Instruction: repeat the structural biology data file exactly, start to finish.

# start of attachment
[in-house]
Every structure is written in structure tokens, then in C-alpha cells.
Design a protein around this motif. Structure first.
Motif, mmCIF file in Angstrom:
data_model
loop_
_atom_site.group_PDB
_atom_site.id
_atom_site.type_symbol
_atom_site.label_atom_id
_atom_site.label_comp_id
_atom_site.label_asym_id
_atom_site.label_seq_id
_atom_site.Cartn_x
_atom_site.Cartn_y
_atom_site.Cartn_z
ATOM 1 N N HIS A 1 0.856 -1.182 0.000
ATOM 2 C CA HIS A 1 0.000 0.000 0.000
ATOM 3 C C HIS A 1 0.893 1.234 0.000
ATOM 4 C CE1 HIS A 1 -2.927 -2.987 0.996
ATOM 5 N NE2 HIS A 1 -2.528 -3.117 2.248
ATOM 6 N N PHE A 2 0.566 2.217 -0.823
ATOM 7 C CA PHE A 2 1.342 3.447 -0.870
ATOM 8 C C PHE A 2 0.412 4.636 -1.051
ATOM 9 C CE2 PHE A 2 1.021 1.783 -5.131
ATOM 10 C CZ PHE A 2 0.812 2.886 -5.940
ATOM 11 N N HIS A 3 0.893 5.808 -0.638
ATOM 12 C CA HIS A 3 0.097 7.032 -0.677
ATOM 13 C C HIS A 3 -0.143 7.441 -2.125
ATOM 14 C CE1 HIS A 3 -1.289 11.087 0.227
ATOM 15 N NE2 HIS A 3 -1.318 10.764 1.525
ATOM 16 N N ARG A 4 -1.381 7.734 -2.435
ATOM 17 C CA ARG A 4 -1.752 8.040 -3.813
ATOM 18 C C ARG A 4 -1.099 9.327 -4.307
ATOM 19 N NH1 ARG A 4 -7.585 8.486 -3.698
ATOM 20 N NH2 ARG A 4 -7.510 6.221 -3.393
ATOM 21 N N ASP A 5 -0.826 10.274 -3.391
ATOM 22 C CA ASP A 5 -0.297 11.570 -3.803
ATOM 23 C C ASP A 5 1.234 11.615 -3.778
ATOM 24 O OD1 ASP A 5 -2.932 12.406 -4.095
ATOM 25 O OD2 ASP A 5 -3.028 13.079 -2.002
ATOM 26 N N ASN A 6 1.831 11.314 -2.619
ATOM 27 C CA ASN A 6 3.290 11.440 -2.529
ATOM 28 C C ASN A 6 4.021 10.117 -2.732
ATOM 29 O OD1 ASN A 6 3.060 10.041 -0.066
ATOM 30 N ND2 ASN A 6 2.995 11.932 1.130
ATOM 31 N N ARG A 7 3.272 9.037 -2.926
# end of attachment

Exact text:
[in-house]
Every structure is written in structure tokens, then in C-alpha cells.
Design a protein around this motif. Structure first.
Motif, mmCIF file in Angstrom:
data_model
loop_
_atom_site.group_PDB
_atom_site.id
_atom_site.type_symbol
_atom_site.label_atom_id
_atom_site.label_comp_id
_atom_site.label_asym_id
_atom_site.label_seq_id
_atom_site.Cartn_x
_atom_site.Cartn_y
_atom_site.Cartn_z
ATOM 1 N N HIS A 1 0.856 -1.182 0.000
ATOM 2 C CA HIS A 1 0.000 0.000 0.000
ATOM 3 C C HIS A 1 0.893 1.234 0.000
ATOM 4 C CE1 HIS A 1 -2.927 -2.987 0.996
ATOM 5 N NE2 HIS A 1 -2.528 -3.117 2.248
ATOM 6 N N PHE A 2 0.566 2.217 -0.823
ATOM 7 C CA PHE A 2 1.342 3.447 -0.870
ATOM 8 C C PHE A 2 0.412 4.636 -1.051
ATOM 9 C CE2 PHE A 2 1.021 1.783 -5.131
ATOM 10 C CZ PHE A 2 0.812 2.886 -5.940
ATOM 11 N N HIS A 3 0.893 5.808 -0.638
ATOM 12 C CA HIS A 3 0.097 7.032 -0.677
ATOM 13 C C HIS A 3 -0.143 7.441 -2.125
ATOM 14 C CE1 HIS A 3 -1.289 11.087 0.227
ATOM 15 N NE2 HIS A 3 -1.318 10.764 1.525
ATOM 16 N N ARG A 4 -1.381 7.734 -2.435
ATOM 17 C CA ARG A 4 -1.752 8.040 -3.813
ATOM 18 C C ARG A 4 -1.099 9.327 -4.307
ATOM 19 N NH1 ARG A 4 -7.585 8.486 -3.698
ATOM 20 N NH2 ARG A 4 -7.510 6.221 -3.393
ATOM 21 N N ASP A 5 -0.826 10.274 -3.391
ATOM 22 C CA ASP A 5 -0.297 11.570 -3.803
ATOM 23 C C ASP A 5 1.234 11.615 -3.778
ATOM 24 O OD1 ASP A 5 -2.932 12.406 -4.095
ATOM 25 O OD2 ASP A 5 -3.028 13.079 -2.002
ATOM 26 N N ASN A 6 1.831 11.314 -2.619
ATOM 27 C CA ASN A 6 3.290 11.440 -2.529
ATOM 28 C C ASN A 6 4.021 10.117 -2.732
ATOM 29 O OD1 ASN A 6 3.060 10.041 -0.066
ATOM 30 N ND2 ASN A 6 2.995 11.932 1.130
ATOM 31 N N ARG A 7 3.272 9.037 -2.926